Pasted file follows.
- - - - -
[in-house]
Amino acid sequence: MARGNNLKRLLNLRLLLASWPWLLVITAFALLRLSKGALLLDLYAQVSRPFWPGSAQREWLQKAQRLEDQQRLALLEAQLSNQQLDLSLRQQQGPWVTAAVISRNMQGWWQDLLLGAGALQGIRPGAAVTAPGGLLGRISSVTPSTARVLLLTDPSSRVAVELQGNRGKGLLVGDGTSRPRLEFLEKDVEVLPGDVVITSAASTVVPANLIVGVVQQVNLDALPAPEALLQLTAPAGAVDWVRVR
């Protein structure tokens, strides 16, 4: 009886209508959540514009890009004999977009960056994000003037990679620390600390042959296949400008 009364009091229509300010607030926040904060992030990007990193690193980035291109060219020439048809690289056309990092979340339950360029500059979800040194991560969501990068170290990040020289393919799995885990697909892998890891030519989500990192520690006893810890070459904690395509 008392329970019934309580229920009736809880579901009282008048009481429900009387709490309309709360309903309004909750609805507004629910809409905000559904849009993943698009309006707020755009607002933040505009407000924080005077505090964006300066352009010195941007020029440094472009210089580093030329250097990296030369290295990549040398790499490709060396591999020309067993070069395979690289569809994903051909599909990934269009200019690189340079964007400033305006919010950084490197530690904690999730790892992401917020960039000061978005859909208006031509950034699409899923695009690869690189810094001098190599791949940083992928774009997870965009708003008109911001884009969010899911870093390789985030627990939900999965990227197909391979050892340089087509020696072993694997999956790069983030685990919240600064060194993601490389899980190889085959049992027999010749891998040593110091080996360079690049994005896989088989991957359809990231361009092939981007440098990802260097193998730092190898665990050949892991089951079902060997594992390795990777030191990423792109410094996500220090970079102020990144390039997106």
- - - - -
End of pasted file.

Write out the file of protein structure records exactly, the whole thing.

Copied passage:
[in-house]
Amino acid sequence: MARGNNLKRLLNLRLLLASWPWLLVITAFALLRLSKGALLLDLYAQVSRPFWPGSAQREWLQKAQRLEDQQRLALLEAQLSNQQLDLSLRQQQGPWVTAAVISRNMQGWWQDLLLGAGALQGIRPGAAVTAPGGLLGRISSVTPSTARVLLLTDPSSRVAVELQGNRGKGLLVGDGTSRPRLEFLEKDVEVLPGDVVITSAASTVVPANLIVGVVQQVNLDALPAPEALLQLTAPAGAVDWVRVR
């Protein structure tokens, strides 16, 4: 009886209508959540514009890009004999977009960056994000003037990679620390600390042959296949400008 009364009091229509300010607030926040904060992030990007990193690193980035291109060219020439048809690289056309990092979340339950360029500059979800040194991560969501990068170290990040020289393919799995885990697909892998890891030519989500990192520690006893810890070459904690395509 008392329970019934309580229920009736809880579901009282008048009481429900009387709490309309709360309903309004909750609805507004629910809409905000559904849009993943698009309006707020755009607002933040505009407000924080005077505090964006300066352009010195941007020029440094472009210089580093030329250097990296030369290295990549040398790499490709060396591999020309067993070069395979690289569809994903051909599909990934269009200019690189340079964007400033305006919010950084490197530690904690999730790892992401917020960039000061978005859909208006031509950034699409899923695009690869690189810094001098190599791949940083992928774009997870965009708003008109911001884009969010899911870093390789985030627990939900999965990227197909391979050892340089087509020696072993694997999956790069983030685990919240600064060194993601490389899980190889085959049992027999010749891998040593110091080996360079690049994005896989088989991957359809990231361009092939981007440098990802260097193998730092190898665990050949892991089951079902060997594992390795990777030191990423792109410094996500220090970079102020990144390039997106």